NEW YORK (AP) — U.S. stock indexes flattened in the late morning following early gains on Tuesday. Major indexes in Europe and Asia climbed ahead of a string of U.S. and Chinese economic reports later this week.
KEEPING SCORE: As of 11:40 a.m. Eastern time, the Standard & Poor's 500 index was down five points, or 0.3 percent, to 1,973. The Dow Jones industrial average fell 17 points, 0.1 percent, to 16,966, while the Nasdaq composite inched down one point, or 0.02 percent, to 4,443. With most of July behind it, the S&P 500 has clung to positive territory — up 0.8 percent.
EARNINGS STILL GROWING: This week marks the half-way point for second-quarter earnings, and the overall results look solid. Second-quarter earnings are on track to climb 8.8 percent over the year. At the start of the earnings season, analysts predicted an increase of 6 percent.
TELECOMS LEAD: Telecom companies rose the most among the 10 industry groups in the S&P 500, as traders plowed into a range of telephone and cable stocks, including AT&T and Verizon. The move came after Windstream Holdings announced plans to move some of its network into a trust that won't pay income tax. Windstream soared 19 percent and Frontier Communications jumped 16 percent to lead the S&P 500.
A DOUBLE: A large sale and a tax benefit helped Merck & Co. more than double its second-quarter profit, easily topping Wall Street's expectations. The drugmaker also raised its profit forecast for 2014. Its stock climbed 86 cents, or 2 percent, to $58.84.
OOPS: A warning of lower profits from United Parcel Service knocked its stock down in early trading. Early Tuesday, UPS said spending on technology to improve its service during the upcoming holiday season will take a cut out of its full-year earnings. The shipping company also said its second-quarter earnings fell 58 percent, though shipments and sales picked up. In early trading, UPS sank $3.56, or 3 percent, to $99.08.
BIG WEEK: Nearly a tenth of the big companies in the S&P 500 are turning in second-quarter results Tuesday. The heavyweights include American Express, Pfizer and UPS.
HOW CONFIDENT: A gauge of consumer confidence hit its highest level in nearly seven years. The Conference Board said its index increased for the third straight month in July, partially a result of people surveyed saying that it's easier to find a job.
HOUSING: House prices in 20 major U.S. cities fell slightly in May, according to the closely watched S&P/Case Shiller index. Economists had forecast a tiny gain over the previous month. Over the past year, however, housing prices have climbed 9.3 percent.
EUROPEAN MARKETS: By late afternoon in Europe, Germany's DAX was up 0.6 percent while France's CAC 40 advanced 0.4 percent. Britain's FTSE 100 rose 0.3 percent.
RUSSIA WATCH: The market's cautious gains may be tested later if Western powers go ahead with a new round of sanctions against Russia. On Monday, the White House said the United States and European Union plan to impose more sanctions this week, including penalties targeting key parts of the Russian economy. The EU had previously refrained from stepping up sanctions in the wake of the shooting down of a Malaysian jetliner over a rebel-controlled region of Ukraine, killing 298 people.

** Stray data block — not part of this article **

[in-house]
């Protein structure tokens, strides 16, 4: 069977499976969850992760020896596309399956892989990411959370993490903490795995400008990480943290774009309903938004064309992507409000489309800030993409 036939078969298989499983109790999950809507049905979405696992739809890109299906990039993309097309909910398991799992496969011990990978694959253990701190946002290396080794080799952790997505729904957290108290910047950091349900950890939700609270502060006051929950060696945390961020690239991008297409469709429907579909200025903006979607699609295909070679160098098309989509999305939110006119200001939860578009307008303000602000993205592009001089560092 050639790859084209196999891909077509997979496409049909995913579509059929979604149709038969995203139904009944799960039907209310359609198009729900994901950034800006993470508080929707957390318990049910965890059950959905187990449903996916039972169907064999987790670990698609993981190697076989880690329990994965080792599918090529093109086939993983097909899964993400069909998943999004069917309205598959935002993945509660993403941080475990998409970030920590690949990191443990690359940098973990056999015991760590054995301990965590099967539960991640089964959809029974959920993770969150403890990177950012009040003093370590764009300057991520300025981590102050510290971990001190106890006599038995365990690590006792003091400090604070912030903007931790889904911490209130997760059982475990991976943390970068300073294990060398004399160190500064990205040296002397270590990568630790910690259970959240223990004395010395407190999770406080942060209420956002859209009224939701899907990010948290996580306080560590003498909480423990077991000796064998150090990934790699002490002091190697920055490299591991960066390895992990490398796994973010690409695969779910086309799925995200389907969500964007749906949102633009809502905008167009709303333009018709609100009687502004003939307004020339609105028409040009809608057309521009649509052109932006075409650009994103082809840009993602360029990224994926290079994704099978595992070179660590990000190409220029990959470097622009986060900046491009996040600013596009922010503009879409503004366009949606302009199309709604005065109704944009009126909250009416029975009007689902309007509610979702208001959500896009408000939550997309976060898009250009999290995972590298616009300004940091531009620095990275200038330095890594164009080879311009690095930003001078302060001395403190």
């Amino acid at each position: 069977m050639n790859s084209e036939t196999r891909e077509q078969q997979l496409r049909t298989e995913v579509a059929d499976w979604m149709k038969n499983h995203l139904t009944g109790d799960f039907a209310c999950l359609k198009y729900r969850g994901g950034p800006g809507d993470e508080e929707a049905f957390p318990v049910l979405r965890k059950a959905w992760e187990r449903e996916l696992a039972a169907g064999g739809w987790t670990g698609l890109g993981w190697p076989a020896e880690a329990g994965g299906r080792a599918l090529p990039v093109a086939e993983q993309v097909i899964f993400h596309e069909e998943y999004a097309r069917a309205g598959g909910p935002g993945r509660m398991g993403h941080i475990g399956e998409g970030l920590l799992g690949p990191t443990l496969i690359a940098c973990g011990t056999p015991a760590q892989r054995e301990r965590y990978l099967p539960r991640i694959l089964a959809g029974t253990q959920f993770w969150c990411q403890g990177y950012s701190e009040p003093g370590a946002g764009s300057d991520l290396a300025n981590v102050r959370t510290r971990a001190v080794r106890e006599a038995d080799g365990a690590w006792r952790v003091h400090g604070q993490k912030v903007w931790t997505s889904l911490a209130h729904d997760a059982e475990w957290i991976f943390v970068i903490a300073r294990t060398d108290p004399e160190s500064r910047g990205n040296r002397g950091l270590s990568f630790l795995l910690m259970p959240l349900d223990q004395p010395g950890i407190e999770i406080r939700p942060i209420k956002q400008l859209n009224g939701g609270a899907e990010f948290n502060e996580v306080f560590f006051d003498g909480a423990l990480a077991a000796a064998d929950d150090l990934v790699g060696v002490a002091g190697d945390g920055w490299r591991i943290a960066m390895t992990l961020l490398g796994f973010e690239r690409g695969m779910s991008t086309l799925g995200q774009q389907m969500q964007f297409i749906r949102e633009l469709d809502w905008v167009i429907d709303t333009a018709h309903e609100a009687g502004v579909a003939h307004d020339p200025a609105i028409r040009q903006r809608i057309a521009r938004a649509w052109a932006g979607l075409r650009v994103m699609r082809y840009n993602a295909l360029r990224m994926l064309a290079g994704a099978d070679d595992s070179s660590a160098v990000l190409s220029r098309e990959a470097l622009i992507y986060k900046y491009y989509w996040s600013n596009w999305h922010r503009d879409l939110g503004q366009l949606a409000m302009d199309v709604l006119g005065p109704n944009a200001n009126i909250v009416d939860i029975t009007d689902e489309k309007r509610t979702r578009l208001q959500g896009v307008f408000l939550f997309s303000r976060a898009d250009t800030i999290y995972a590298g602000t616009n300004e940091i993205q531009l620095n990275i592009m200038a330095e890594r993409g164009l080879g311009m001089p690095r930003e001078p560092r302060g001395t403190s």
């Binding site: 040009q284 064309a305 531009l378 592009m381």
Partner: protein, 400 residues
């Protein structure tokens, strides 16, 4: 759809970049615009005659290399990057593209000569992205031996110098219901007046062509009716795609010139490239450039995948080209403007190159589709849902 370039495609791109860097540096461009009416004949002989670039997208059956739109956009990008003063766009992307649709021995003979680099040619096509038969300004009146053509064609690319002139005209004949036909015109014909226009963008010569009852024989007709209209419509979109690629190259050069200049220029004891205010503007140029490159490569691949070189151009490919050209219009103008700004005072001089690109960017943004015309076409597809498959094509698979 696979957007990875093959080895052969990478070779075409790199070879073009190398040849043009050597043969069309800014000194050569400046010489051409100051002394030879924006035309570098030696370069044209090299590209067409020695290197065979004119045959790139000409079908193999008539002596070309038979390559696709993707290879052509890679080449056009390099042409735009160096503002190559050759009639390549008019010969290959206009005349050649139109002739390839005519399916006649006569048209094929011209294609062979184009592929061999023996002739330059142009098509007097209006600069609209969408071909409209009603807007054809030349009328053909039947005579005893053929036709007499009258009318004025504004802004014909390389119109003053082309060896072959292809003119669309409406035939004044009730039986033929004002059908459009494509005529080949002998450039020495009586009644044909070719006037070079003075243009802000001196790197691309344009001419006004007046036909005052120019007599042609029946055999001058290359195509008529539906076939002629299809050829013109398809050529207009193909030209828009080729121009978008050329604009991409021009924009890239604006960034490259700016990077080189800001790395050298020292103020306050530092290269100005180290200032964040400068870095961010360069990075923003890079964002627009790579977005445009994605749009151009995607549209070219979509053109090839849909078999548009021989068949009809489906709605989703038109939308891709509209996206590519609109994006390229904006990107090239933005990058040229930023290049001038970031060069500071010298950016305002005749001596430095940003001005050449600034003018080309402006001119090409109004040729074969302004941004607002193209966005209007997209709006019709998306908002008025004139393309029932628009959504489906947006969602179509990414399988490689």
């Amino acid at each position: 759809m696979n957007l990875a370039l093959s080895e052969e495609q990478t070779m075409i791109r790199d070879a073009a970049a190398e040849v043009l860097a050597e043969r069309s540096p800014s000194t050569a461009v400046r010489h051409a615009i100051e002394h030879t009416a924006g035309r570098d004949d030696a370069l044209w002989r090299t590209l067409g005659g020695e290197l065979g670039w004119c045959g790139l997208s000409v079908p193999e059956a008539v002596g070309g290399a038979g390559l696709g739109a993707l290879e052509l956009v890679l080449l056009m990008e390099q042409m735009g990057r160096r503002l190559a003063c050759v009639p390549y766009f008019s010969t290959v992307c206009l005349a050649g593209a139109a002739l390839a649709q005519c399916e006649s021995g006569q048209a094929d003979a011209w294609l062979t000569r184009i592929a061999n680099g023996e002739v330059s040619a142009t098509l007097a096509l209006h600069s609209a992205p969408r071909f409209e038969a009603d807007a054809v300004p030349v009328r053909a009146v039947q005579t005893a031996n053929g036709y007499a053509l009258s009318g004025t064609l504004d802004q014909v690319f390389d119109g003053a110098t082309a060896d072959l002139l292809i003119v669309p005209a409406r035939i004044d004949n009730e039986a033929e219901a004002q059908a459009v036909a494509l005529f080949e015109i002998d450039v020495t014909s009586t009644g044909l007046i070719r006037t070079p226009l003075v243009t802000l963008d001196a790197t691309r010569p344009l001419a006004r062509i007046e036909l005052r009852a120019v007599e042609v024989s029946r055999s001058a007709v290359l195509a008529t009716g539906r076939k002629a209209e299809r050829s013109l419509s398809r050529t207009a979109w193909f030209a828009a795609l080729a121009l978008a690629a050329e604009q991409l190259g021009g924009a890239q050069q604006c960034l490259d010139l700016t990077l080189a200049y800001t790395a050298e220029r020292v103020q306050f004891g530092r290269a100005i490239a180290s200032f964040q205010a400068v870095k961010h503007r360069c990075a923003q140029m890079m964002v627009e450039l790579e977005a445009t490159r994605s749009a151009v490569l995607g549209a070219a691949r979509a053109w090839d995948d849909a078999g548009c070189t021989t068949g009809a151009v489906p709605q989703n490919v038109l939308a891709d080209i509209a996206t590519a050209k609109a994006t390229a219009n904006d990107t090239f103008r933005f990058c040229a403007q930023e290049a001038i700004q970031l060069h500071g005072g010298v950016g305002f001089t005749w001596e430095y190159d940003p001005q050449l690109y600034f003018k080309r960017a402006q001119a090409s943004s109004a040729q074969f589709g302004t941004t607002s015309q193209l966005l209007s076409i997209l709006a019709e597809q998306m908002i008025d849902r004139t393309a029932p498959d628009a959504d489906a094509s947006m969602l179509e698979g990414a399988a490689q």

ASIA'S DAY: South Korea's Kospi reached its highest level since August 2011, rising 0.6 percent, boosted by the new finance minister's recent announcement of economic stimulus and measures to support the housing market. Hong Kong's Hang Seng finished 0.9 percent higher while China's Shanghai Composite gained 0.2 percent.
MORE DATA: On Wednesday, the U.S. will release gross domestic product figures for the April-June quarter. The world's largest economy is expected to pick up after severe winter dampened growth the previous quarter. The Federal Reserve is scheduled to issue a statement after wrapping up a two-day policy meeting on Wednesday. On Thursday, a report on China's manufacturing industry will give investors an update on the health of the world's factory floor. On Friday, the U.S. will release its monthly jobs data. Analysts estimate that the U.S. labor market added between 235,000 and 255,000 jobs in July.
ANALYST'S TAKE: William Leys, sales trader at CMC Markets, said investors were cautious before the impending rush of economic news. "Caution is the pre-eminent theme across global markets at the moment, as investors anticipate a spate of key economic data due later in the week, amid a backdrop of persistent geopolitical concerns," Leys said in a commentary. "With a variety of weighty announcements looming, the stage is set for an action packed end to the week."
OIL: The price of oil fell, with benchmark U.S. crude for September delivery down $1.05 cents to $100.63 a barrel.
Youkyung Lee contributed to this story from Seoul, South Korea.
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